Syria 1000 Days – The Hierarchy of Horribles

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Syria Idlib9

On this Christmas holiday, Christians around the world celebrated the birth of “Jesus Christ, the son of the virgin Mary. Jesus Christ became known as the Messiah who was attributed with many holy miracles.” Muslims throughout the world also recognize the birth of “Isa [Jesus] son of the virgin Mary. Isa is frequently called al-Masih [Messiah]. The Qu’an tells of his birth and attributes to Isa [Jesus] a number of miracles of apocryphal origin.”

This holiday season the children in a liberated town in Idlib, Syria, sent a “Message of Hope” on YouTube so others around the world could share their united voice …

We live in an ecumenical world, and so does Syria, which is often referred to as the “Cradle of Civilization.” At a conference on U.S. aid for Syria in March, the political opposition’s former chairman, Moaz Al-Khatib, said that as the civil war rages on, “…our great cities, historical cities, are being destroyed, and whoever launches a stone against Syria is like launching a stone against one’s own mother, because we are the Cradle of Civilization.”

Through thousands of years, a lot of people have crossed Syria’s path. Some people have crossed Syria in transit to other places, some came as conquerors, and yet others settled on the land which is today known as Syria. Regardless of who came traipsing across the land, claiming land or just passing through – some things have always remained constant. Syria has a rich history of multi-cultural, interfaith communities … and “the Syrian people have lived together for many centuries and have endured many foes.”

This interwoven fabric of culture and faith has held Syria together, where other countries might have fallen apart. Faith does not necessarily refer to religious faith, it can also mean faith in country. What all Syrians have in common is their “love of country.” Love of country is the basis for “one message,” despite other more personal differences such as differences in religious faith or political views.

In the chaos of the current fighting, an estimated two million displaced Syrians driven from their homes are reported to be living among archaeological ruins called the “Dead Cities.” An additional 4.5 million are living in abandoned buildings or on the streets. The Assad Regime has made sure that the homes of Syrians in the major cities, such as the ancient City of Aleppo are in rubble. The City of Homs has been hit with mortar fire and air strikes routinely for three years, and now is a broken city of rubble and steel.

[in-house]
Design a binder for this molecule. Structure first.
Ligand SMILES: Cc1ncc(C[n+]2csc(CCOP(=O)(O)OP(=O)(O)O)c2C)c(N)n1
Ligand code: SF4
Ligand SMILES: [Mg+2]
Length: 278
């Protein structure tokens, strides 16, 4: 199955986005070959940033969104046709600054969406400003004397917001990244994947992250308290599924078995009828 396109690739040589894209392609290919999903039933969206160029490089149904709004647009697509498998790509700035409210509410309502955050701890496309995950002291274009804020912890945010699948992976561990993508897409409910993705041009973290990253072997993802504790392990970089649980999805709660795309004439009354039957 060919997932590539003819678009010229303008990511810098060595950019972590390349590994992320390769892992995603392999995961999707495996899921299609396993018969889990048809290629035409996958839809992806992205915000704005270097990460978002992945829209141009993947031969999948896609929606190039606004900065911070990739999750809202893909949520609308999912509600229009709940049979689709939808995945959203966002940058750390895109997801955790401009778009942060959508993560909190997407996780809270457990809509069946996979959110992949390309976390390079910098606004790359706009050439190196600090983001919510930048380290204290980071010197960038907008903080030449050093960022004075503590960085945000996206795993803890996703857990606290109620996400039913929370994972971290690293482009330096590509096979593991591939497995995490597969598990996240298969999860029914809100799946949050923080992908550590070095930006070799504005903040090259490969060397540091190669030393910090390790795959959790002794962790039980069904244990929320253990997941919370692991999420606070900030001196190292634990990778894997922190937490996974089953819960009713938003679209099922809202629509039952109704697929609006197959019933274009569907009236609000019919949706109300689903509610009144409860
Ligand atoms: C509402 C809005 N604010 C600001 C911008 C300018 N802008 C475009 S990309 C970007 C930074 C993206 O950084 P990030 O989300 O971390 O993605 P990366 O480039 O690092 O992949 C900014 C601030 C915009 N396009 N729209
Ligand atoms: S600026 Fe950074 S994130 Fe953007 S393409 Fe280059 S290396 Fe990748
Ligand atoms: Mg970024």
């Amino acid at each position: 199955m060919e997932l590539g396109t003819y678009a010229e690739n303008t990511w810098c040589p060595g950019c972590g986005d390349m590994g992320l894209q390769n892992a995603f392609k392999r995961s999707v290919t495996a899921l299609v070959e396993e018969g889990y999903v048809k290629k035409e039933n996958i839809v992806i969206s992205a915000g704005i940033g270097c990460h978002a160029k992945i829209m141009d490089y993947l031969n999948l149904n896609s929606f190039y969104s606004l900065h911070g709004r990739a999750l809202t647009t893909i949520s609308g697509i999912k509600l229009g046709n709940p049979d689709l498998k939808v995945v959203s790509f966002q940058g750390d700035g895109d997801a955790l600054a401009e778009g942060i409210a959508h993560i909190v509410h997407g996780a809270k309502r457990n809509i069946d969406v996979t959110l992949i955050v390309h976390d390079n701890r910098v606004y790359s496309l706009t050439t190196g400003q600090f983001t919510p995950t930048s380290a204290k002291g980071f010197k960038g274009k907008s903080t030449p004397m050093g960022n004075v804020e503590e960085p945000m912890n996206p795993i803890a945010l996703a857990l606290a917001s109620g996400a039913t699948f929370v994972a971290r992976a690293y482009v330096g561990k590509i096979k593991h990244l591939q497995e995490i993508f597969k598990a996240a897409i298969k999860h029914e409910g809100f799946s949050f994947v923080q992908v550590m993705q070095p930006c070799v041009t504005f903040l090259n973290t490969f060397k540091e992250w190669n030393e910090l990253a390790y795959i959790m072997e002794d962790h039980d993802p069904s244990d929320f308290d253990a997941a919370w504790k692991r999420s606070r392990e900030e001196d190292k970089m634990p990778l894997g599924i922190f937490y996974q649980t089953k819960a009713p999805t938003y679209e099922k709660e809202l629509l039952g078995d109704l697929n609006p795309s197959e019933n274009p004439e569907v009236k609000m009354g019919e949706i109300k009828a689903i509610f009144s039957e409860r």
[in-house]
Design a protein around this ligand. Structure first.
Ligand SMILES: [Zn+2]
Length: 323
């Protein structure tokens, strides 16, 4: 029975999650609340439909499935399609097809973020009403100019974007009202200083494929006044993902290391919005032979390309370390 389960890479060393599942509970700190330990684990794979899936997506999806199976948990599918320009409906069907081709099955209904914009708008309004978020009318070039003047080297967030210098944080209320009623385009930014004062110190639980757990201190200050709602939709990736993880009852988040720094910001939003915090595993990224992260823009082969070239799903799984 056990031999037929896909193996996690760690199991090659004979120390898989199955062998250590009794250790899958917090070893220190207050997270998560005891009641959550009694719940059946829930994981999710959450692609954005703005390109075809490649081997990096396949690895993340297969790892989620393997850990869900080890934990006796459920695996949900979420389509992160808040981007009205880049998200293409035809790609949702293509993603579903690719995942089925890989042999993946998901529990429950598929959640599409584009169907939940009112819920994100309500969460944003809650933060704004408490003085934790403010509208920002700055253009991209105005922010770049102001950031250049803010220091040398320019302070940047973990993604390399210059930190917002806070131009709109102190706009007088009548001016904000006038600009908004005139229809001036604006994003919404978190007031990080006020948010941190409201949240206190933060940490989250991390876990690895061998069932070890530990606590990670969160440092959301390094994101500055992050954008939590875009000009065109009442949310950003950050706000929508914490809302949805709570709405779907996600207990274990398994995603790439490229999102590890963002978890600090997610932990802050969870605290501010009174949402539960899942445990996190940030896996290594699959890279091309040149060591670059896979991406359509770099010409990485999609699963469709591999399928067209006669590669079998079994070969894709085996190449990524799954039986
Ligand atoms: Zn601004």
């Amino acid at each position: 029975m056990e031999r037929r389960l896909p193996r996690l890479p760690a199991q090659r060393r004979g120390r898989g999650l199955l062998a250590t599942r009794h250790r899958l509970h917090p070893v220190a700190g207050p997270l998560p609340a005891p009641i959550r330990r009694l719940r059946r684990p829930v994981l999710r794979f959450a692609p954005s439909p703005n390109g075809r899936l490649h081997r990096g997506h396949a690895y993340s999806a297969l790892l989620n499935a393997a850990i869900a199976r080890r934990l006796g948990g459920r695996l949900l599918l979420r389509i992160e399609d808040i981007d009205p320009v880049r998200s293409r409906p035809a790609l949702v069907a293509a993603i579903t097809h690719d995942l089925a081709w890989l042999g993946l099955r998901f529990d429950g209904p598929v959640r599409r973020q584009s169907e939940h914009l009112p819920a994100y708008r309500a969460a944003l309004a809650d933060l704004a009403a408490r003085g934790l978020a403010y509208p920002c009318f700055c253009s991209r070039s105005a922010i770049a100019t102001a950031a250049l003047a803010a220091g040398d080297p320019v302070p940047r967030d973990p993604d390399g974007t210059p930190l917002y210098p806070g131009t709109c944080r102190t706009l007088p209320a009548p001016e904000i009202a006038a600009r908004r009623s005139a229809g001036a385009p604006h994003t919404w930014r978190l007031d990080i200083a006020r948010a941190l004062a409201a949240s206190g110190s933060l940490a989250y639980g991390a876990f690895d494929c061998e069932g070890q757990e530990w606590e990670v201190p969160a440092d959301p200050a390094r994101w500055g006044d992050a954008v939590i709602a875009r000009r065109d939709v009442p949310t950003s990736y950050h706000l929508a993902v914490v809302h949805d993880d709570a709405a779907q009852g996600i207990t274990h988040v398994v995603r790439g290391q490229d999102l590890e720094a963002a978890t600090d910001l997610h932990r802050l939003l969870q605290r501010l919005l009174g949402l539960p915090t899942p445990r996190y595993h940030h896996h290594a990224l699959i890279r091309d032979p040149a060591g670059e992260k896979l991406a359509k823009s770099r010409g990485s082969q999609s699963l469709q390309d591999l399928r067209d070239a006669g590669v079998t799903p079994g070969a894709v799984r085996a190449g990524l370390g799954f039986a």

Syria This is the City of Homs Detroyed by The Assad Regime

The city of Homs with a population of approximately 1.9 million was a vibrant multicultural interfaith city sometimes called the city the “Capital of the Revolution” [Source: CNN].

Homs is also the home of just turned 20 year old “Syria Youth Soccer Superstar” turned “Homs #1 Resistance Leader” Abdul Basit al Sarut. When his younger brother was killed by Syrian Security Forces, Abdul Basit put down the soccer shoes to become a Syrian Activist. The young soccer star defected from the Syria Soccer League in front of the media and explained who the “Opposition” really is, not who Bashar al-Assad wants people to think they are.

Abdul Basit is best known for leading some of the largest peaceful protests in Homs, singing for freedom before crowds tens of thousands strong. He has been wounded several times, most recently by snipers but keeps standing back up to lead the revolt against Bashar al-Assad. Abdul is just one of thousands of young activists that put their lives on the line every day.

Syria’s Heritage Is Being Destroyed

Emma Cunliff, an archeologist at the University of Durham in England, and expert on Syrian archaeological ruins reports, “One of the saddest things is that you have families who have moved back into the caves, the tombs and the underground temples.” Across northern Syria, rebels, soldiers, and civilians are seeking shelter in ancient and medieval antiquities built of thick stone.

As horrible as the war has been on the people, Syria’s heritage has also been put at grave risk, or it has disappeared. Some artifacts have been sold by the Free Syrian Army to finance their military efforts as no other international help has been available. Artifacts and heritage sites up to six thousand years old have been demolished from relentless air strikes and mortar fire by Assad’s war machine without regard to the cultural value.

graffiti mars
Graffiti Mars the renowned frescoes of Mar Sarkis Church in Sadad, Syria, after opposition fighters occupied the church in October 2013. The graffiti reads, No banner but the banner of Islam. Down with Bashar. Jabhat alNusra, Liwa al-Tawhid.

Why is Syria’s heritage important? Irina Bukova, director-General of UNESCO, has said, “Protecting heritage is inseparable from protecting populations, because heritage enshrines a people’s values and identities.” Heritage gives us a window into our past and gives meaning to our future. “Cultural heritage shapes the environment, contributes to moral and economic well-being, and is one of the fundamental cornerstones of a peaceful and prosperous society.” Destroying artifacts and heritage sites is tantamount to “genocide.”

Plamyra Syria 2
An oasis in the Syrian desert, northeast of Damascus, Palmyra contains the monumental ruins of a great city that was one of the most important cultural centers.